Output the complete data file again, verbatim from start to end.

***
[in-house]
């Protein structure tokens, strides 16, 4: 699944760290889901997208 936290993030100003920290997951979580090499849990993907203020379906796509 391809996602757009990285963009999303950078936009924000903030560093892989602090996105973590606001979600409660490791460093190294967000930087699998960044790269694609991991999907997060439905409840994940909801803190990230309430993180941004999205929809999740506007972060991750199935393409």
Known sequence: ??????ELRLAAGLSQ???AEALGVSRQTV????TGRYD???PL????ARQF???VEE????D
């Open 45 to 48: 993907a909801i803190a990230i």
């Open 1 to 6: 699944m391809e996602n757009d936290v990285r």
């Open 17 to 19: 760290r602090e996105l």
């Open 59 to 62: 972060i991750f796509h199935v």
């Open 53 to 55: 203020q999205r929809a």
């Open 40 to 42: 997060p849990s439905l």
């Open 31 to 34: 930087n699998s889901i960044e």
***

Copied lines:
[in-house]
């Protein structure tokens, strides 16, 4: 699944760290889901997208 936290993030100003920290997951979580090499849990993907203020379906796509 391809996602757009990285963009999303950078936009924000903030560093892989602090996105973590606001979600409660490791460093190294967000930087699998960044790269694609991991999907997060439905409840994940909801803190990230309430993180941004999205929809999740506007972060991750199935393409």
Known sequence: ??????ELRLAAGLSQ???AEALGVSRQTV????TGRYD???PL????ARQF???VEE????D
């Open 45 to 48: 993907a909801i803190a990230i």
């Open 1 to 6: 699944m391809e996602n757009d936290v990285r």
């Open 17 to 19: 760290r602090e996105l």
């Open 59 to 62: 972060i991750f796509h199935v």
């Open 53 to 55: 203020q999205r929809a």
């Open 40 to 42: 997060p849990s439905l």
């Open 31 to 34: 930087n699998s889901i960044e």